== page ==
Can anyone tell me if this is something to be concerned about?  I have never seen anything like it.  This person has a 1cm dark mole in the center of their back that's always been there.  But it also has a large white patch all the way around it.  Like a perfect circle of whiteness that is at least double the size of the mole.  Does anyone have experience or insight on a situation like this?  

Does the answer change if this mole is on an 11-year-old girl?

Hoping I'm just being paranoid due to my own situation.  This precious girl is my niece.

Maggie - Stave IV (lung mets unknown primary) since July 2012

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Hayden30's picture
Replies 3
Last reply 8/17/2015 - 10:18am
Replies by: Anonymous, Mat, jamieth29


ive been on mekinist and tafinlar for 2 weeks now, and in that time I've had several subcutaneous tumors that I can feel get smaller and some I can't even feel anymore. I know that the drugs are working, but in that same two weeks I had a tumor in my brain grow from 4mm to 20mm!! I've talked to two melanoma specialists that say the drugs do cross the blood brain barrier, and that's the reason my doc put me on them to begin with. Now I'm reading about it and getting conflicting info. Does it take them longer to work on the brain possibly? 


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Replies by: stars, davekarrie, Tim--MRF

Hello all,

I am wondering if there are any stats on the most durable treatment for widespread stage 4 mel. I have read that there are people out there more than 5/10 years who are NED.  Has there been any studies on these individuals and treatements that may be the most durable with prolonged NED?  I know everyone is different with regards to age, disease and other things.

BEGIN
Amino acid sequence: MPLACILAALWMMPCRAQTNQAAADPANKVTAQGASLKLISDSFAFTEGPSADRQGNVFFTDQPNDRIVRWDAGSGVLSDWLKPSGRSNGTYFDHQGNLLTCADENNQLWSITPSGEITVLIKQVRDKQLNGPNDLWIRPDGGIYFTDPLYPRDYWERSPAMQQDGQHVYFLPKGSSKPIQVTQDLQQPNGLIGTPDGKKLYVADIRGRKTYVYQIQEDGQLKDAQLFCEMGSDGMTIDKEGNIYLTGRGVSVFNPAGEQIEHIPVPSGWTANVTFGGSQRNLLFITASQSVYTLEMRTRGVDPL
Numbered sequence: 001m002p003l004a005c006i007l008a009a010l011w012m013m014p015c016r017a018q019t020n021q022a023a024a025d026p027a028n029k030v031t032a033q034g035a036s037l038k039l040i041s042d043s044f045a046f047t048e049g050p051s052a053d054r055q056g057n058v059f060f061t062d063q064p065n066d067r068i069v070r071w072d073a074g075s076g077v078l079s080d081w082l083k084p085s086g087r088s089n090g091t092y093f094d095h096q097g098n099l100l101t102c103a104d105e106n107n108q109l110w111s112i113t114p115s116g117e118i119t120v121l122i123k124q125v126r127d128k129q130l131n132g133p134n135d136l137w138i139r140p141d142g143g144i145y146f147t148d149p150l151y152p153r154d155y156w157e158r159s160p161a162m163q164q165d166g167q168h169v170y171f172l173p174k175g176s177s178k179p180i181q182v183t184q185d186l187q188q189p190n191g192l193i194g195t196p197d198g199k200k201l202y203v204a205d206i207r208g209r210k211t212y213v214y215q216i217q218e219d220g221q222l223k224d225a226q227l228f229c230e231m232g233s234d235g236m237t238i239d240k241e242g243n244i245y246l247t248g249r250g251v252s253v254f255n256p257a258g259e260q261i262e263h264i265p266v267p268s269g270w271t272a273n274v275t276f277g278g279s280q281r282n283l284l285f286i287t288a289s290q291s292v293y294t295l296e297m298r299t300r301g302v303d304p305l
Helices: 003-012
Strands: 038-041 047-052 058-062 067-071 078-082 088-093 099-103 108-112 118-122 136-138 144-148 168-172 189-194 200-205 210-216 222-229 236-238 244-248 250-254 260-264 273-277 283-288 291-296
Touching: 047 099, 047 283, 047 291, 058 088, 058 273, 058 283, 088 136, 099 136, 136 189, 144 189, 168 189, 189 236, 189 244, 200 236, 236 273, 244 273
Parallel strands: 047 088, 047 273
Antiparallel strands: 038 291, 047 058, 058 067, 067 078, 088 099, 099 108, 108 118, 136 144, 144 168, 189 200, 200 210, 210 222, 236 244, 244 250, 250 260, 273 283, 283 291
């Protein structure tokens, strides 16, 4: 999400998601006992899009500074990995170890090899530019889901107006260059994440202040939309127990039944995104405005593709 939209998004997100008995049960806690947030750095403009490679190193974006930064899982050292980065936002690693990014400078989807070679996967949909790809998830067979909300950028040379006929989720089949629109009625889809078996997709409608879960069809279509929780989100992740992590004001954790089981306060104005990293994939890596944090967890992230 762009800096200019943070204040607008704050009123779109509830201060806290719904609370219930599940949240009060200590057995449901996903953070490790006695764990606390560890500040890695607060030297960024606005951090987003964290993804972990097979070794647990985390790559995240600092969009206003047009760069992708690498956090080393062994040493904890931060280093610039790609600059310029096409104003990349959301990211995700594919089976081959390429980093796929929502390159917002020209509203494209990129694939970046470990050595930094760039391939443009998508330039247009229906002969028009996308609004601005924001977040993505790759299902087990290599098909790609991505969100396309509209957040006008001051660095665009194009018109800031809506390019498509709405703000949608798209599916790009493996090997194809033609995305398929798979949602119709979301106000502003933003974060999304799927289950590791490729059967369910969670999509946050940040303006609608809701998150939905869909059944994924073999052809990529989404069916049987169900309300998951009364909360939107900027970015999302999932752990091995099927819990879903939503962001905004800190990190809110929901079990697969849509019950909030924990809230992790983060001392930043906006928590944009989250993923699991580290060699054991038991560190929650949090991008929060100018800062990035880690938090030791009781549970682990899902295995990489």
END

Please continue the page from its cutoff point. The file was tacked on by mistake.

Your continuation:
Just can't imaging not being here for my family and will do anything to get to NED! Hate this disease.

Love to you all, keep up the fight!!

Live life to the fullest and enjoy each day! #noonefightsalone

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cbeckner98's picture
Replies 7
Last reply 8/16/2015 - 11:04pm

Hi all,

My Dad just started Keytruda for his Stage 4 melanoma (with multiple lesions in brain and one in lungs; after doing WBR in June) but he has had significant swelling of one of the brain tumors which is now causing cognitive impairment.  He basically stopped eating/drinking last weekend at home, then we got paramedics to get him to hospital on Wednesday, he is on 8 mg of steroids twice per day as of Wed. night, and then now he is resisting eating again.  He is getting plenty of fluids - but we have a big meeting with the gamma knife/surgery specialist in Seattle this coming Wednesday and so are trying to figure out how to get him healthy again (or otherwise that doctor won't see him and/or won't work on him).  His largest brain tumor is located in his frontal lobe - and hasn't gotten bigger over the last two weeks but does have swelling around it.  Has anyone seen this kind of brain met swelling while on Keytruda?  Did the effects of it last long?  Besides increasing dosage of the steroids, what other options do we have?  The local hospital is pushing to put my Dad in hospice/a nursing home - but we haven't even tried a full course of Keytruda yet and only discovered his cancer in mid-June.  There must be other options!  Any advice on this would be appreciated!  We are not ready to give in to this disease!!!